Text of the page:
20 Random Acts of Kindness You Can Do From Home + A PRINTABLE!


While we hunker down in our homes and stay safe by practicing social distancing, it can
sometimes be hard to know how to support those who are still working and saving lives and oftentimes, putting themselves at risk in order to help others. Here are 20 ideas on how you can say thank you, spread joy, and give back to the community — all from your own home! From chalk drawings to donating to local nonprofits, no act of kindness is too small these days. AND we’ve included a free printable for you at the end of this post with all of these ideas!

20 Random Acts of Kindness Ideas

1. Have you seen it? From teddy bears to rainbows, people have been putting adorable items in their windows for children and neighbors to find. You can also take photos of items in your community, then make a scavenger hunt game and pass it out in your neighbors’ mailboxes.

We made this scavenger hunt game from items in our neighborhood and passed them out to our friends so they could play too!

2. Chalk it up. Write inspirational chalk messages on your driveway. These are bound to cheer up walkers and runners who are exercising and getting fresh air.

3. Doggie delights. Bake homemade dog treats and drop them off to friends and neighbors who have pets. For some simple recipes, visit https://www.puppyleaks.com/pb-dog-treats.

4. Sign up. Make yard signs thanking all of the people who are still working during the crisis. From medical staff to grocery store clerks to delivery people, they all deserve an extra round of applause for putting themselves out there to help others.

5. Write away. Mail letters or postcards to family and friends who live alone or in a different state. Describe how you are surviving at home, tell a funny story, and let them know you are thinking about them.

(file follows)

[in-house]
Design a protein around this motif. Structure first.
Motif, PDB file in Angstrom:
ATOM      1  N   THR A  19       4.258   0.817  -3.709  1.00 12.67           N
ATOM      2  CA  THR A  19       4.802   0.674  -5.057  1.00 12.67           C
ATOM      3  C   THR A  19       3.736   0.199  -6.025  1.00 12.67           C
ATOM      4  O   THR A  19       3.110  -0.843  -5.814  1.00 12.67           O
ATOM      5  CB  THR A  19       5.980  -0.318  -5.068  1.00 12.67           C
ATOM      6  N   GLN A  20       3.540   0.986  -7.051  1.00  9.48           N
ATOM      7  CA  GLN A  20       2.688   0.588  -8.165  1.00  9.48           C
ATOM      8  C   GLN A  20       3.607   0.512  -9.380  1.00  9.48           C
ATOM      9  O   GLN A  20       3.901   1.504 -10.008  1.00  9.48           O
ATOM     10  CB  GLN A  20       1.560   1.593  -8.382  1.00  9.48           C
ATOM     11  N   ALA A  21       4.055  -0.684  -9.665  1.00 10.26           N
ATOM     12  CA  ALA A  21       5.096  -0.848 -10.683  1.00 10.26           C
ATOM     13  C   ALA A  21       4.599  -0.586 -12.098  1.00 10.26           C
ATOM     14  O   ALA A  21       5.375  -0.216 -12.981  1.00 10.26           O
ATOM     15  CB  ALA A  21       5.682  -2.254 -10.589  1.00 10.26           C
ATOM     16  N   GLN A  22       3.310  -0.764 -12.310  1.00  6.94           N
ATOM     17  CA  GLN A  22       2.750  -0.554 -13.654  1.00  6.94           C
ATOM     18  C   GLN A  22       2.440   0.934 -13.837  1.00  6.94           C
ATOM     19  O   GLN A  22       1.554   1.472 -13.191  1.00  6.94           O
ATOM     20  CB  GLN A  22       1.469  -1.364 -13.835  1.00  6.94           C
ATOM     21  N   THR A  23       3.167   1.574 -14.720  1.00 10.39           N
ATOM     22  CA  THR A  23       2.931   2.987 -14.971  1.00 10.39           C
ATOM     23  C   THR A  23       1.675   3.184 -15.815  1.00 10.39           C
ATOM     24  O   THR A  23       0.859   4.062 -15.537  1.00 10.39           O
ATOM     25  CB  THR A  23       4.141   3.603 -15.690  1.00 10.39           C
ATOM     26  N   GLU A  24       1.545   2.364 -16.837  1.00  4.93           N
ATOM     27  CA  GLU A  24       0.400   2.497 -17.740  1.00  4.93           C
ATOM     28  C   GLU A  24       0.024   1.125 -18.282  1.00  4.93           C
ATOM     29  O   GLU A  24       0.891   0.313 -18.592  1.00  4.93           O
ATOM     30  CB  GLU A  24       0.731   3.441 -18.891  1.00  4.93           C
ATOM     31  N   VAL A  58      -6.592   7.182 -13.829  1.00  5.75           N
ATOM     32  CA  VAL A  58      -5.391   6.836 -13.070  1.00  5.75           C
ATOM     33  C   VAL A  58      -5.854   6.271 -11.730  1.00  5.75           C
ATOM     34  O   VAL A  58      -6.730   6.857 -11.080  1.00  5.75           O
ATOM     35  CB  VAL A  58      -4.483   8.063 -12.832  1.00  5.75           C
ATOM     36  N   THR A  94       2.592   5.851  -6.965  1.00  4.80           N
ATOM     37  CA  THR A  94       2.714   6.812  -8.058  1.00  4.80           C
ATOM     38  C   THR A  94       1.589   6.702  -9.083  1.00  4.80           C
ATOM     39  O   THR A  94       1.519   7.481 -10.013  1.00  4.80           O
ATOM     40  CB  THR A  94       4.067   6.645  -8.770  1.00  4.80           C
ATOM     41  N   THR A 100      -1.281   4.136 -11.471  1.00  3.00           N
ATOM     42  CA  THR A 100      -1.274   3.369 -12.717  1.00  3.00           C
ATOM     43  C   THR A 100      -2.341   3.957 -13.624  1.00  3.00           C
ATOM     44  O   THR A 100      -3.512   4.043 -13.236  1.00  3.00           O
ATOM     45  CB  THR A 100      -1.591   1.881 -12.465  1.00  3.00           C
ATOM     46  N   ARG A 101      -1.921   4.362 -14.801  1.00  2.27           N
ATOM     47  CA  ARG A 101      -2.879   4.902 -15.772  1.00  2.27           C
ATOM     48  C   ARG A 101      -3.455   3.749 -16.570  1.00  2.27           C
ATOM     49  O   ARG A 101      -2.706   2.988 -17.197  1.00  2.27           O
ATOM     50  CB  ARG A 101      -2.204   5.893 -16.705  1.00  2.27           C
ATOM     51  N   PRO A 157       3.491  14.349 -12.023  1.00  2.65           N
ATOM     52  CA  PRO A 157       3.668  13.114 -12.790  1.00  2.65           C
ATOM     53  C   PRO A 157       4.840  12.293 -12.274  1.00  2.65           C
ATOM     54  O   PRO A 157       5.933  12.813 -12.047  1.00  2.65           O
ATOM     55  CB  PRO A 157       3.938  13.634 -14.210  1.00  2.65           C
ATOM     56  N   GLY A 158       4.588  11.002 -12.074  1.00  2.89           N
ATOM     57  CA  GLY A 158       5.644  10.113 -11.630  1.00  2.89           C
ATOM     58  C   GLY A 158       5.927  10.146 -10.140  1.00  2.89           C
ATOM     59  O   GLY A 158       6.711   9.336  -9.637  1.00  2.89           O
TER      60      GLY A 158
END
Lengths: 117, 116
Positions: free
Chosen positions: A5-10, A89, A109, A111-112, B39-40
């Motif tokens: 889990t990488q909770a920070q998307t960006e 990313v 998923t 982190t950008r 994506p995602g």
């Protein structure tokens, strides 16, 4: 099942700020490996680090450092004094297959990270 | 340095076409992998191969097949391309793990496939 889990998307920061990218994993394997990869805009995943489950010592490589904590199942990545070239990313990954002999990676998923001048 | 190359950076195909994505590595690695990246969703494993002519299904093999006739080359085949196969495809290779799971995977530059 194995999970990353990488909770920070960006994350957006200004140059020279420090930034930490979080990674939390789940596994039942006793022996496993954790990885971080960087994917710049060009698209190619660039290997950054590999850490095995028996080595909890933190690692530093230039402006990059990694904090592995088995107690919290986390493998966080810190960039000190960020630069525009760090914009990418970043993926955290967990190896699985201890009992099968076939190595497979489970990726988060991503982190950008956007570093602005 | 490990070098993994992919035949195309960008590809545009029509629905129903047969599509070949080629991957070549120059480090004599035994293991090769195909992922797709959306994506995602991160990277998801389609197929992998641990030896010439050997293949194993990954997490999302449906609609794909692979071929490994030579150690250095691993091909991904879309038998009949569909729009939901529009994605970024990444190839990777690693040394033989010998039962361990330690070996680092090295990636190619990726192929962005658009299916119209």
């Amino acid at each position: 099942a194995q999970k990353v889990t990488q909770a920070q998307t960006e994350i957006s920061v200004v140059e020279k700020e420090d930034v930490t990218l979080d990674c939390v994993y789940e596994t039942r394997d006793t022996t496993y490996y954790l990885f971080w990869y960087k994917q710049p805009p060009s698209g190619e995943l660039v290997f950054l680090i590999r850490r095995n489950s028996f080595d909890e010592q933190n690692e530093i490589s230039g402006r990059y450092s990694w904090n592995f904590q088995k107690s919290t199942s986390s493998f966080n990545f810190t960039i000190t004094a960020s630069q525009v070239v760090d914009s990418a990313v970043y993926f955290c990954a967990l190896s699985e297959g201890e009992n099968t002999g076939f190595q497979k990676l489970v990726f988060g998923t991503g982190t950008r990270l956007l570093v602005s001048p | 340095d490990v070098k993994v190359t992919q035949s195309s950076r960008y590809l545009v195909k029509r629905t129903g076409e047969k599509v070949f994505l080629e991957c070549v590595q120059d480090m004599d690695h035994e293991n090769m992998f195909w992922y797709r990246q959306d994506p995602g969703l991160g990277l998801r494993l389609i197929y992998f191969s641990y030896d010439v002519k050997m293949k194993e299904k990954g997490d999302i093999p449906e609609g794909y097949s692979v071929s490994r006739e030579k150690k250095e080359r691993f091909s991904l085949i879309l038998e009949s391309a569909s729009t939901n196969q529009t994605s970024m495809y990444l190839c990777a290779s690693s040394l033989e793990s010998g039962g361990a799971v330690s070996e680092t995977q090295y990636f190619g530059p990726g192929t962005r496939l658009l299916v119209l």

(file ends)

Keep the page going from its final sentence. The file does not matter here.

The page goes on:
On the left: Putting up yard signs is an easy way to say thank you and spread a message of kindness. On the right: Bake homemade dog treats and deliver them to neighbors who have four-legged friends.

6. Read all about it. Donate books to a local Little Free Library, or swap books with neighbors. Visit https://littlefreelibrary.org for more information and to find the little library closest to your house.

7. Film 101. Make a video of your kids thanking their teachers for all they do and post it on your school’s social media page or in Google classroom.

8. Feed friends. Order food from a local restaurant and have it delivered to your friends or co-workers. For example, Dockery’s on Daniel Island has a family-style meal that can be ordered online and provides free delivery to Mount Pleasant, Sullivan’s Island and Isle of Palms.

9. Support restaurants. Buy gift cards or merchandise from your favorite local eateries, order from online menus, or donate to their GoFundMe pages. Locally owned Home Team BBQ, for example, had to lay off all of its nearly 400 workers, so a GoFundMe page was created where all donations will go directly to employees in the form of gift cards to grocery stores and pharmacies.

10. Light it up. Decorate your yard with Christmas lights to brighten up your neighborhood at night.

Putting out lights can brighten up your neighborhood at night.